By Your Request: Query Success Stories and Why They Were Successful

Today I have the first of a couple of posts about successful queries and why they worked, just like you asked! So, since I work in acquisitions, I asked some of the authors I had the privilege of acquiring to send me their stories. Enjoy!

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Michael Cristiano is a Canadian writer. His relentless obsession with fiction began long before he could even spell the words ‘relentless obsession’. He spent most of his childhood getting lost in fantastical masterpieces, learning foreign languages, and attempting to be published by the age of thirteen. Though he’s off by a few years, The Black Oracle is his debut novel and is due for publication in 2015.


Website & Blog:




I got the idea for The Black Oracle when I was fifteen and I had no idea that writing it would be such a long and all-encompassing process. I had loved writing and always dreamed of being published, but The Black Oracle was my first real attempt at a novel. I was really obsessed with dystopian fiction and the apocalypse at the time: George Orwell and Aldous Huxley and a concept album called Year Zero by Nine Inch Nails that revolved around a fictional dystopian society.

I wanted the story to be different from other dystopian novels though. I wanted my characters to live in a post-apocalyptic culture that had regressed back to a hunter-gatherer existence in the jungle. But I also wanted to work the fantasy genre into that so I had the main character’s wife kidnapped by a colony of jungle mutants. In order to get her back, my main character would have to go into the parallel world of Zalm, a place of kingdoms, magic, and war.

After two years, I managed to write 40,000 words. I liked my story, but I was stuck. The words weren’t coming out right and I was getting discouraged by premature editing. Eventually, my writer’s block got so bad that I actually stopped writing The Black Oracle in 2008 and worked on a completely different project. It wasn’t until the summer of 2011 that I was ready to finish.

By the end of 2012 I had a polished manuscript I queried around for a year without garnering much interest. I graduated university and planned a forty day backpacking trip to South Africa and Europe during May and June 2014. Ten days before I left on my flight to Johannesburg, I got an email from Katie Teller who requested a rewrite. I don’t know how I did it, but I managed to rewrite and resubmit The Black Oracle before I left. A month later, I was travelling in Heidelberg, Germany and Curiosity Quills Press sent me an email offering to publish my first novel.

This query was where all the magic happened:

Dear Acquisitions Editor,

Discovering that his newly pregnant wife has been kidnapped, Joachim, a hunter from the jungles of a post-apocalyptic Earth, must journey into a parallel world to find the ingredients for a potion, one that will act as a ransom to get her back.

Since Joachim’s youth, the demons of the jungle existed only as mythical predators that emerged following Earth’s apocalypse, monsters that slaughtered villagers and scattered their entrails through the trees. Now, those creatures have raided his village, kidnapped his wife and brought her to their leader, Zupay. The demon has lived forever – or so it seems. One knows when he is going to die, after all. Accompanied by a senile elder, Joachim must enter the world of Zalm to retrieve the ingredients for Zupay’s immortality potion. Only a prophetess named the Black Oracle knows where to find these ingredients and with her help, Joachim must traverse Zalm and return home before the end of the tenth day or Zupay will murder his wife and unborn child.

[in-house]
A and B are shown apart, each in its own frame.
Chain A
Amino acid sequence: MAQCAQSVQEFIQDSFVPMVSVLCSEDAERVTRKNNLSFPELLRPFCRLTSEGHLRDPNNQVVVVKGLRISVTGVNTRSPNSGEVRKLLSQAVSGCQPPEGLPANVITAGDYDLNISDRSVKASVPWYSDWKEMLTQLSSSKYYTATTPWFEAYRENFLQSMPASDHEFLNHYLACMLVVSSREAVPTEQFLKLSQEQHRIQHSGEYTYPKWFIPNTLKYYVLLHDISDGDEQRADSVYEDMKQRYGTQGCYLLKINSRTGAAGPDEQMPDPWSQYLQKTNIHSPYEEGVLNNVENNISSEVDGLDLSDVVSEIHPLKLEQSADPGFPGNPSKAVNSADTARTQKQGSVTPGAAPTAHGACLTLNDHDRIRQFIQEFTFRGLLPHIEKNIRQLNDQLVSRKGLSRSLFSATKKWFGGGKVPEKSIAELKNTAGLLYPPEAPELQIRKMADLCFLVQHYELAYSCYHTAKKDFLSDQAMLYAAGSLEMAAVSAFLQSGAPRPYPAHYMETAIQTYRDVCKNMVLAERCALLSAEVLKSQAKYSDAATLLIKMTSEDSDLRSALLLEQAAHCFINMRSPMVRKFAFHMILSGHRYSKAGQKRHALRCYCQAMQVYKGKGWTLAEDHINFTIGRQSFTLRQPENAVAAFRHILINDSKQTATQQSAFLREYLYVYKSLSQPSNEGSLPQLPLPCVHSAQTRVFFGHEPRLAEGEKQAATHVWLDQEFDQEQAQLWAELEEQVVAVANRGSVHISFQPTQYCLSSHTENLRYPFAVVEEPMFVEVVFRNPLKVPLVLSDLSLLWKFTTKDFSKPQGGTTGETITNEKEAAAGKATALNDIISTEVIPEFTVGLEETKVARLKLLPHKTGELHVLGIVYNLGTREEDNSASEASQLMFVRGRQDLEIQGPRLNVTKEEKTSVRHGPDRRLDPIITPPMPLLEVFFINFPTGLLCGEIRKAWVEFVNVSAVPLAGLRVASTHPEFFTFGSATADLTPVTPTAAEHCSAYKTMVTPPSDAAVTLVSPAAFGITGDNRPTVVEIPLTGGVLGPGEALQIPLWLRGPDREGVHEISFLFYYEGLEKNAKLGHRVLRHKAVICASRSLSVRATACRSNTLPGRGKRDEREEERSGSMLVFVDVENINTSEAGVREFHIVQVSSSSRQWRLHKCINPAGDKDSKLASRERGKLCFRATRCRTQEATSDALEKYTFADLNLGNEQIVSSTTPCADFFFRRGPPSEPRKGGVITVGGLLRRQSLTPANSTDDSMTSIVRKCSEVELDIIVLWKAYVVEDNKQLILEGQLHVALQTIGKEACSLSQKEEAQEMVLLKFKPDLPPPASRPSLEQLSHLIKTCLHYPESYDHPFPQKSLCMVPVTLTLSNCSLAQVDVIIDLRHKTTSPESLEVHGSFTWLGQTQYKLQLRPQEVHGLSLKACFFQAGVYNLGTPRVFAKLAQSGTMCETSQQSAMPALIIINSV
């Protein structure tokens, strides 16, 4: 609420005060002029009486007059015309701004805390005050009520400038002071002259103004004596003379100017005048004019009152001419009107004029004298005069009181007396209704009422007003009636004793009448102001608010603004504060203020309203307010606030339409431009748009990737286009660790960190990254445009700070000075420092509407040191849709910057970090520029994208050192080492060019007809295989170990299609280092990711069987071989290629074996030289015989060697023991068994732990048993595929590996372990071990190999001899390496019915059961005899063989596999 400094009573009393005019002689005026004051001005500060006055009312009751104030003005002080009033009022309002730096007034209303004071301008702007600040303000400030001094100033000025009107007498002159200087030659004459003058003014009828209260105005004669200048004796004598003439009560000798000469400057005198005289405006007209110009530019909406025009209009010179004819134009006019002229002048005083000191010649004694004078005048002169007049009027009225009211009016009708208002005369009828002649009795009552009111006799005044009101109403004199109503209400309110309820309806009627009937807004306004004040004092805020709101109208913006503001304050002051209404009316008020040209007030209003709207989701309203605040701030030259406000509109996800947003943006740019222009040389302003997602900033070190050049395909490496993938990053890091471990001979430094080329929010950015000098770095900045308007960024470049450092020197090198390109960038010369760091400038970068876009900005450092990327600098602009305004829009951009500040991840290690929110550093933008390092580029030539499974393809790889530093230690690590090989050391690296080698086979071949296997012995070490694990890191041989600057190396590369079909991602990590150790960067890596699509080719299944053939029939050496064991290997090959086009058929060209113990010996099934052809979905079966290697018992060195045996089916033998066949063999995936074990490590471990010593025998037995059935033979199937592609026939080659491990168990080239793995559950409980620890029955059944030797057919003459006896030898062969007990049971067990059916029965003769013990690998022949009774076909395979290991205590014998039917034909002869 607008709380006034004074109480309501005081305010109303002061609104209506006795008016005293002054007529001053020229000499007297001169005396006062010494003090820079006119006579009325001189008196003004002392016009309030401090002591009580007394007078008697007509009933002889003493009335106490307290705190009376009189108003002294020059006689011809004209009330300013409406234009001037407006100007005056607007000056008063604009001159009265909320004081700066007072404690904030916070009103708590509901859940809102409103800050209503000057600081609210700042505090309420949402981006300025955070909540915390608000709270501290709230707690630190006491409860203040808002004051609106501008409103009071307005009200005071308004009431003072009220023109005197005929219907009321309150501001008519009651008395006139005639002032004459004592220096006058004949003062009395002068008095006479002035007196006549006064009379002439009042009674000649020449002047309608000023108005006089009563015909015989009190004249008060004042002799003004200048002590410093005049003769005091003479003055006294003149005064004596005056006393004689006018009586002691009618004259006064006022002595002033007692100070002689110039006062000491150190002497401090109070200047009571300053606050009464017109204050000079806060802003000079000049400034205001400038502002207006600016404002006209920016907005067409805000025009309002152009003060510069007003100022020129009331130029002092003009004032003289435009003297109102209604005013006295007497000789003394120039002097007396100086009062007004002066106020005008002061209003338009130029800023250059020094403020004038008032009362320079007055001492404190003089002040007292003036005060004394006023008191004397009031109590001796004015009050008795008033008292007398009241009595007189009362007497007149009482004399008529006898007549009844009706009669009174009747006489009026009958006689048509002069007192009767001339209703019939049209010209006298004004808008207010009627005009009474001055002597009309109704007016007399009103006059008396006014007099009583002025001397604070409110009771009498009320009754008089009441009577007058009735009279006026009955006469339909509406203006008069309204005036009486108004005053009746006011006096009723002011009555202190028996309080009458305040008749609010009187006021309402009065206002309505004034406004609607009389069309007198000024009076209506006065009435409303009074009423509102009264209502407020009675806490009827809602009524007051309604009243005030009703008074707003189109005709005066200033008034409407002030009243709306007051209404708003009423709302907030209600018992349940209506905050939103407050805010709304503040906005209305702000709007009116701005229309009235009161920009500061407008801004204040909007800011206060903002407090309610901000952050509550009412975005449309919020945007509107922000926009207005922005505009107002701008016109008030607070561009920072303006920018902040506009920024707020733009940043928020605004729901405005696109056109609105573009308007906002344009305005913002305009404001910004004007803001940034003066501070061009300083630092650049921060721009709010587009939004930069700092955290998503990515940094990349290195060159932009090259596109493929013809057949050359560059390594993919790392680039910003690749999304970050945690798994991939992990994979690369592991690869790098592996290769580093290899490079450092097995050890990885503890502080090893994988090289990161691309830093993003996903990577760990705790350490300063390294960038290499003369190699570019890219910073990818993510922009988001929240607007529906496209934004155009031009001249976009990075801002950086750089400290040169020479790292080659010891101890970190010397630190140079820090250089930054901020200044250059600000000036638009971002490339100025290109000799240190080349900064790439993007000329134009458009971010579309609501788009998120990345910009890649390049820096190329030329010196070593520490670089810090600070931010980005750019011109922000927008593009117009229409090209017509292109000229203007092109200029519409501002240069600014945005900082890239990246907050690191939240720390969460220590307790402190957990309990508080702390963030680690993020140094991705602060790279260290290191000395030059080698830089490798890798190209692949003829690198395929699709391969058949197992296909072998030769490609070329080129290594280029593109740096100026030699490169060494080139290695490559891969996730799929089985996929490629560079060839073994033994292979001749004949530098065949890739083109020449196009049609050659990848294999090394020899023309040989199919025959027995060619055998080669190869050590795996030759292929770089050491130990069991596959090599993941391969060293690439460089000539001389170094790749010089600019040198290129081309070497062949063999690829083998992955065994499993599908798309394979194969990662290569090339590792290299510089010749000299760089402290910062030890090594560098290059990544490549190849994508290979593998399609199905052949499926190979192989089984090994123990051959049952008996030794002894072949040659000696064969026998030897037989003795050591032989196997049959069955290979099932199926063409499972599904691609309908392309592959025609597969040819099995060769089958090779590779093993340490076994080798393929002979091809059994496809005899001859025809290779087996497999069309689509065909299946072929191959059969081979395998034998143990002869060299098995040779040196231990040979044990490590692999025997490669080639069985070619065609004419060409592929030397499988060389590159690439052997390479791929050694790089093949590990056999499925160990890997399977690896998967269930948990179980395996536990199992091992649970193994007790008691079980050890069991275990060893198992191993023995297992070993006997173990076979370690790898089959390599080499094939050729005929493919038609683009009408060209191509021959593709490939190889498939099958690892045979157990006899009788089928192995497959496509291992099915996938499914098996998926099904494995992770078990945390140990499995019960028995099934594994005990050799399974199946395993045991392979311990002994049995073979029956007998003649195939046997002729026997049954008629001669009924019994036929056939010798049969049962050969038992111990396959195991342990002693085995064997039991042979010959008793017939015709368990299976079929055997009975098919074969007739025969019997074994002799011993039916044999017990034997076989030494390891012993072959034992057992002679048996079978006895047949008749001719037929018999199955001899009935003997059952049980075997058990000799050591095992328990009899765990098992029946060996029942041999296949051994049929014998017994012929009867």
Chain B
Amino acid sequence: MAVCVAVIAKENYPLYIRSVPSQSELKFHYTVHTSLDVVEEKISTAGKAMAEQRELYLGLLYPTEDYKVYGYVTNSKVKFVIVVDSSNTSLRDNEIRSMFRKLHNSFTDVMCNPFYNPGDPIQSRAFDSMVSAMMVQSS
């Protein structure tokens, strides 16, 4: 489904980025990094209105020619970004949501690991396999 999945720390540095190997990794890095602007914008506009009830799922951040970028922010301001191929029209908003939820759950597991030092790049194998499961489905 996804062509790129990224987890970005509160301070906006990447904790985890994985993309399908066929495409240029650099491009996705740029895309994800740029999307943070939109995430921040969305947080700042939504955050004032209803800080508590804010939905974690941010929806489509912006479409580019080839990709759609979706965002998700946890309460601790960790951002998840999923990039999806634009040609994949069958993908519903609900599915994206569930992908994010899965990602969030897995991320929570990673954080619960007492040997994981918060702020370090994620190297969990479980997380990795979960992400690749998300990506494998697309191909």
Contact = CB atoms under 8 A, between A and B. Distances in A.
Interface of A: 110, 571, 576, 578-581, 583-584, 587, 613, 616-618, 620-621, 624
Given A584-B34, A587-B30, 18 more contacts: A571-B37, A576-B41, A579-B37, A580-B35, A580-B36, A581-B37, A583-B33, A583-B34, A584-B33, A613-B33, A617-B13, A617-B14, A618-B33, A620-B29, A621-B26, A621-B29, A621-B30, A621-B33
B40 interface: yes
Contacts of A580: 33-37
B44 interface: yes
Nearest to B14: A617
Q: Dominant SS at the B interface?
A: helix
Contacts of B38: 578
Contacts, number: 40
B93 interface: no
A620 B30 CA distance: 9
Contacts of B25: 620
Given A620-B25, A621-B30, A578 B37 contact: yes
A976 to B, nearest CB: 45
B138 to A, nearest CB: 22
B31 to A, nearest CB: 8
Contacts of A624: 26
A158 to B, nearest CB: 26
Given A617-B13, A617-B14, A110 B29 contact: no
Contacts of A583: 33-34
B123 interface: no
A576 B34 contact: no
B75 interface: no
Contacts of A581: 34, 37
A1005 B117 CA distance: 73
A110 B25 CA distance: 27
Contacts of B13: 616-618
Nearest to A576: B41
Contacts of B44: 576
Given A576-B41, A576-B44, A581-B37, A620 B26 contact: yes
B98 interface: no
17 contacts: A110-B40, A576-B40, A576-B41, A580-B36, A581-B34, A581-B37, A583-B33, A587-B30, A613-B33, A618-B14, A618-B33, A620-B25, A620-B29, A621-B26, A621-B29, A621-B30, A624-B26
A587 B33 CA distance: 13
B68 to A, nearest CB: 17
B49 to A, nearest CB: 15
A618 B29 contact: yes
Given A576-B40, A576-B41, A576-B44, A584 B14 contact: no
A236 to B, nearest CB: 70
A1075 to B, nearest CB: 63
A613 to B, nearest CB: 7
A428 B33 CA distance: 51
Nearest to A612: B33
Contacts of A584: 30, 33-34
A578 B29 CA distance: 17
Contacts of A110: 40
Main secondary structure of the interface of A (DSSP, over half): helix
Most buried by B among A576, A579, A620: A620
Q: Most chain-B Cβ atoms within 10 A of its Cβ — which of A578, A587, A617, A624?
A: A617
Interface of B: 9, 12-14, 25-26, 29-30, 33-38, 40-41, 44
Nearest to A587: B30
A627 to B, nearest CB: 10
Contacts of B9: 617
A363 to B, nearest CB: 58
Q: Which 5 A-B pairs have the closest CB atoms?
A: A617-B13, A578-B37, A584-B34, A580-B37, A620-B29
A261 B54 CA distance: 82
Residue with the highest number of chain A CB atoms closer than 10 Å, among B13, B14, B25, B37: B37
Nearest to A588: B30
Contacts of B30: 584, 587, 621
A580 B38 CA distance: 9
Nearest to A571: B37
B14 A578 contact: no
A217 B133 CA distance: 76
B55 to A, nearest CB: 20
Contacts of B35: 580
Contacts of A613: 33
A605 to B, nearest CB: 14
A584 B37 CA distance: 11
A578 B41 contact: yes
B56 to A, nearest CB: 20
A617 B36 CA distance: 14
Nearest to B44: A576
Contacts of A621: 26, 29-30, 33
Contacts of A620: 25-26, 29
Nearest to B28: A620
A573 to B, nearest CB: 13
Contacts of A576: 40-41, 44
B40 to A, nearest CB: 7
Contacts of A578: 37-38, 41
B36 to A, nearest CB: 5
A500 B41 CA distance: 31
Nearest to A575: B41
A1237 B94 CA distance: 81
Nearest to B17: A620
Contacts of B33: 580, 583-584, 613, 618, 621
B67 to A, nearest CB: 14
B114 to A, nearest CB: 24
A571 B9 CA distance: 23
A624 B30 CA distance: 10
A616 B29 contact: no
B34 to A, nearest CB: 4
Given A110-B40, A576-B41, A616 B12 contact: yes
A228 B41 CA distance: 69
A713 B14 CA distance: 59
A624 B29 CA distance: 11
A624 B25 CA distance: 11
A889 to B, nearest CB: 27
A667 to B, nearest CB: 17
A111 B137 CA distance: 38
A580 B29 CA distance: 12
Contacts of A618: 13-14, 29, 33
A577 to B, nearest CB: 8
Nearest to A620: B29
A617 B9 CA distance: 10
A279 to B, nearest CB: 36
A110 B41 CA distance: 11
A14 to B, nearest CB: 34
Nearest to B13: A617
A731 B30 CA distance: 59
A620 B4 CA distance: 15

The Black Oracle is a New Adult fantasy novel running approximately 82,000 words. I am a current student at the University of Toronto studying Language and Linguistics. Since winning the 4th Annual Brampton Public Library Writing Contest in 2002, I have pursued my passion for fiction and plan to make it a large part of my career and future. If there is interest, I would be happy to have the opportunity to share my manuscript with you.

Thank you for your time and consideration.

Michael Cristiano

I think this query worked for a number of reasons. First, I think it is a good balance of plot and intrigue. It gives enough away to give a feel for the story, but I think it also draws the reader in to want more. Secondly, I edited the query a billion times and read an obscene amount of advice on blogs. I also joined the Absolute Write Water Cooler forums and took to reviewing other people’s queries so I could get a feel for what worked and what didn’t. The best way to learn is to observe, or so they say!

The Black Oracle is slated for release in winter 2015. Official details are coming soon but for now, this teaser will have to do. Stay tuned!

“In a post-apocalyptic Earth, humans are not alone.

Joachim is a hunter. Though generations have passed since the Great Death, something has evolved in the trees beyond the giant glowing mushrooms, mutants that want to see human entrails spread along the jungle floor.

And now they’ve taken Joachim’s wife.

To get her back, Joachim must give the leader of these demons something in return: immortality. A creature knows when he is going to die, after all. In the realm of Zalm, Joachim must navigate a world of magic and darkness to find the ingredients to a potion. Only the Black Oracle knows where these ingredients are, but she’s a little busy at the moment. She leads an army of rebels, revolutionaries fighting for liberation against the High Council.

In a story of betrayal, prophecy, and bloodshed, Joachim must find a way to save his wife while evading a ruthless Empress, one that wants to see the Black Oracle and her associates killed – Joachim included.”

Thank you, Michael! You should definitely look out for this book, and follow him, because he’s going places!


Linda55NElsie Elmore!

I wrote The Undead during the winter months of 2012. The story came just as much from my heart as it did my imagination when I took a real life experience and warped it until it offered me both refuge and a creative outlet.

After months of writing, I finalized the story mid-summer.

By the end of August, I had queried a few agents and then participated in the September #pitmad. I had two requests for partials and Katie Teller from Curiosity Quills made one of those requests.